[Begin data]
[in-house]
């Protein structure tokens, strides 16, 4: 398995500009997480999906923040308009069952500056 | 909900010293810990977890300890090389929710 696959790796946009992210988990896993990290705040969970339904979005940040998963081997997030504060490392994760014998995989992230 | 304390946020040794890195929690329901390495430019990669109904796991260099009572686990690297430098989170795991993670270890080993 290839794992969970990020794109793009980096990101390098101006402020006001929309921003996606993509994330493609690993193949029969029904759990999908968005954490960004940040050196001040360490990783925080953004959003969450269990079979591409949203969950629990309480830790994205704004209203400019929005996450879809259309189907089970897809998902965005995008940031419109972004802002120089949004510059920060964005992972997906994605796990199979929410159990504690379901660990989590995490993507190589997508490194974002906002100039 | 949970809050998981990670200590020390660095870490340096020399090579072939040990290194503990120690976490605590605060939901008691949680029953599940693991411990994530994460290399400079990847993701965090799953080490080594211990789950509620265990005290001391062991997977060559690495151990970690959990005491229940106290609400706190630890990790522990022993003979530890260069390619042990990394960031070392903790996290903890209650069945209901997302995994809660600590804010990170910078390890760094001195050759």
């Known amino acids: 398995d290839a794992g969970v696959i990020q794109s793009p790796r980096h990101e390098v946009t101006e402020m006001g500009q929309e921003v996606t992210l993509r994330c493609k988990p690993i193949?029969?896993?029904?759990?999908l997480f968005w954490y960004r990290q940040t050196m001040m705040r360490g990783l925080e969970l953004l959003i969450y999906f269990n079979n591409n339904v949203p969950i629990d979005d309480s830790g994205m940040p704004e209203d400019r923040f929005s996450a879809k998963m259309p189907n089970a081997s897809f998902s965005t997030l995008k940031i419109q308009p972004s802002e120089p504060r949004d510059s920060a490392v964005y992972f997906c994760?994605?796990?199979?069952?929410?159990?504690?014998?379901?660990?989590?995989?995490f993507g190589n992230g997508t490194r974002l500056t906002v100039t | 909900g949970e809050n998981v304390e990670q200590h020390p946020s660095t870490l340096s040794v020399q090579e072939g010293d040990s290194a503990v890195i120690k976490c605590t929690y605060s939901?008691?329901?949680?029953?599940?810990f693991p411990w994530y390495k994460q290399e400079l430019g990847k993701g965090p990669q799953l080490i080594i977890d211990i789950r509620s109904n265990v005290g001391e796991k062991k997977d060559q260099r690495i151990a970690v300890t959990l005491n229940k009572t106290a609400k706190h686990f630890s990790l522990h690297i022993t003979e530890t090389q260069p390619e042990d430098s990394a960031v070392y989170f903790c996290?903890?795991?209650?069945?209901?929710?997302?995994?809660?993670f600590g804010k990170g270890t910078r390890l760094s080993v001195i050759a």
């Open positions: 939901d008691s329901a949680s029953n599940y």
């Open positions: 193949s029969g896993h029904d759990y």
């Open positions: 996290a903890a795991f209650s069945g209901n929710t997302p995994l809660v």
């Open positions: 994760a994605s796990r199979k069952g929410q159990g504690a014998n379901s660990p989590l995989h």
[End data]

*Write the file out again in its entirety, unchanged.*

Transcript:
[in-house]
């Protein structure tokens, strides 16, 4: 398995500009997480999906923040308009069952500056 | 909900010293810990977890300890090389929710 696959790796946009992210988990896993990290705040969970339904979005940040998963081997997030504060490392994760014998995989992230 | 304390946020040794890195929690329901390495430019990669109904796991260099009572686990690297430098989170795991993670270890080993 290839794992969970990020794109793009980096990101390098101006402020006001929309921003996606993509994330493609690993193949029969029904759990999908968005954490960004940040050196001040360490990783925080953004959003969450269990079979591409949203969950629990309480830790994205704004209203400019929005996450879809259309189907089970897809998902965005995008940031419109972004802002120089949004510059920060964005992972997906994605796990199979929410159990504690379901660990989590995490993507190589997508490194974002906002100039 | 949970809050998981990670200590020390660095870490340096020399090579072939040990290194503990120690976490605590605060939901008691949680029953599940693991411990994530994460290399400079990847993701965090799953080490080594211990789950509620265990005290001391062991997977060559690495151990970690959990005491229940106290609400706190630890990790522990022993003979530890260069390619042990990394960031070392903790996290903890209650069945209901997302995994809660600590804010990170910078390890760094001195050759």
């Known amino acids: 398995d290839a794992g969970v696959i990020q794109s793009p790796r980096h990101e390098v946009t101006e402020m006001g500009q929309e921003v996606t992210l993509r994330c493609k988990p690993i193949?029969?896993?029904?759990?999908l997480f968005w954490y960004r990290q940040t050196m001040m705040r360490g990783l925080e969970l953004l959003i969450y999906f269990n079979n591409n339904v949203p969950i629990d979005d309480s830790g994205m940040p704004e209203d400019r923040f929005s996450a879809k998963m259309p189907n089970a081997s897809f998902s965005t997030l995008k940031i419109q308009p972004s802002e120089p504060r949004d510059s920060a490392v964005y992972f997906c994760?994605?796990?199979?069952?929410?159990?504690?014998?379901?660990?989590?995989?995490f993507g190589n992230g997508t490194r974002l500056t906002v100039t | 909900g949970e809050n998981v304390e990670q200590h020390p946020s660095t870490l340096s040794v020399q090579e072939g010293d040990s290194a503990v890195i120690k976490c605590t929690y605060s939901?008691?329901?949680?029953?599940?810990f693991p411990w994530y390495k994460q290399e400079l430019g990847k993701g965090p990669q799953l080490i080594i977890d211990i789950r509620s109904n265990v005290g001391e796991k062991k997977d060559q260099r690495i151990a970690v300890t959990l005491n229940k009572t106290a609400k706190h686990f630890s990790l522990h690297i022993t003979e530890t090389q260069p390619e042990d430098s990394a960031v070392y989170f903790c996290?903890?795991?209650?069945?209901?929710?997302?995994?809660?993670f600590g804010k990170g270890t910078r390890l760094s080993v001195i050759a």
């Open positions: 939901d008691s329901a949680s029953n599940y």
């Open positions: 193949s029969g896993h029904d759990y």
């Open positions: 996290a903890a795991f209650s069945g209901n929710t997302p995994l809660v």
């Open positions: 994760a994605s796990r199979k069952g929410q159990g504690a014998n379901s660990p989590l995989h």